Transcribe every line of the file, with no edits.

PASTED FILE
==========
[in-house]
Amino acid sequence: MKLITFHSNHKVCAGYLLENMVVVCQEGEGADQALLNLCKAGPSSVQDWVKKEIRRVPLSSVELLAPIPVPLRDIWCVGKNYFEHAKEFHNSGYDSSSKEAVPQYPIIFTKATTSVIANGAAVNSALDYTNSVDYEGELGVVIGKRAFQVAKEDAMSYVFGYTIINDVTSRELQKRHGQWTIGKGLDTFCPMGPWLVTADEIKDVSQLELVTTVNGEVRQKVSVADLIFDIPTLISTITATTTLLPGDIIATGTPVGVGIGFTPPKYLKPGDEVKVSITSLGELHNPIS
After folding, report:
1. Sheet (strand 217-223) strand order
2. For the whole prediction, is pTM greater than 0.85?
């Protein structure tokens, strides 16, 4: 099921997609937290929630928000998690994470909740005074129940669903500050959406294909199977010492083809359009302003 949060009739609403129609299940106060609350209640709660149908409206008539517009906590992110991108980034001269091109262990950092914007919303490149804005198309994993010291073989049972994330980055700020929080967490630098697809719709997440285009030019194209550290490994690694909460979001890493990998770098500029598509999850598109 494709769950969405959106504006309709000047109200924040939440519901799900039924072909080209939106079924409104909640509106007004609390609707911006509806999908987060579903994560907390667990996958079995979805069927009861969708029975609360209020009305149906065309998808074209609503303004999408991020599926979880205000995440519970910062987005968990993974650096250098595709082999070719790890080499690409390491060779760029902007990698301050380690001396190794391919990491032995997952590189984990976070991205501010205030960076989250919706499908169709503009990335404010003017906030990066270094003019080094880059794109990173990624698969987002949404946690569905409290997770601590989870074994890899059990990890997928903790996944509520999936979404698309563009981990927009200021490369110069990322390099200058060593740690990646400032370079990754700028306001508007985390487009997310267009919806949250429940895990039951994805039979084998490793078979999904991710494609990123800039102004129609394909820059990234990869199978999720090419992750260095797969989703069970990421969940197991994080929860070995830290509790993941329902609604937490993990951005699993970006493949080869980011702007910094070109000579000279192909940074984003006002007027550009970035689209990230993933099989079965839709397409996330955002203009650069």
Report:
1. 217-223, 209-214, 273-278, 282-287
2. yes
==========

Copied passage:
[in-house]
Amino acid sequence: MKLITFHSNHKVCAGYLLENMVVVCQEGEGADQALLNLCKAGPSSVQDWVKKEIRRVPLSSVELLAPIPVPLRDIWCVGKNYFEHAKEFHNSGYDSSSKEAVPQYPIIFTKATTSVIANGAAVNSALDYTNSVDYEGELGVVIGKRAFQVAKEDAMSYVFGYTIINDVTSRELQKRHGQWTIGKGLDTFCPMGPWLVTADEIKDVSQLELVTTVNGEVRQKVSVADLIFDIPTLISTITATTTLLPGDIIATGTPVGVGIGFTPPKYLKPGDEVKVSITSLGELHNPIS
After folding, report:
1. Sheet (strand 217-223) strand order
2. For the whole prediction, is pTM greater than 0.85?
């Protein structure tokens, strides 16, 4: 099921997609937290929630928000998690994470909740005074129940669903500050959406294909199977010492083809359009302003 949060009739609403129609299940106060609350209640709660149908409206008539517009906590992110991108980034001269091109262990950092914007919303490149804005198309994993010291073989049972994330980055700020929080967490630098697809719709997440285009030019194209550290490994690694909460979001890493990998770098500029598509999850598109 494709769950969405959106504006309709000047109200924040939440519901799900039924072909080209939106079924409104909640509106007004609390609707911006509806999908987060579903994560907390667990996958079995979805069927009861969708029975609360209020009305149906065309998808074209609503303004999408991020599926979880205000995440519970910062987005968990993974650096250098595709082999070719790890080499690409390491060779760029902007990698301050380690001396190794391919990491032995997952590189984990976070991205501010205030960076989250919706499908169709503009990335404010003017906030990066270094003019080094880059794109990173990624698969987002949404946690569905409290997770601590989870074994890899059990990890997928903790996944509520999936979404698309563009981990927009200021490369110069990322390099200058060593740690990646400032370079990754700028306001508007985390487009997310267009919806949250429940895990039951994805039979084998490793078979999904991710494609990123800039102004129609394909820059990234990869199978999720090419992750260095797969989703069970990421969940197991994080929860070995830290509790993941329902609604937490993990951005699993970006493949080869980011702007910094070109000579000279192909940074984003006002007027550009970035689209990230993933099989079965839709397409996330955002203009650069």
Report:
1. 217-223, 209-214, 273-278, 282-287
2. yes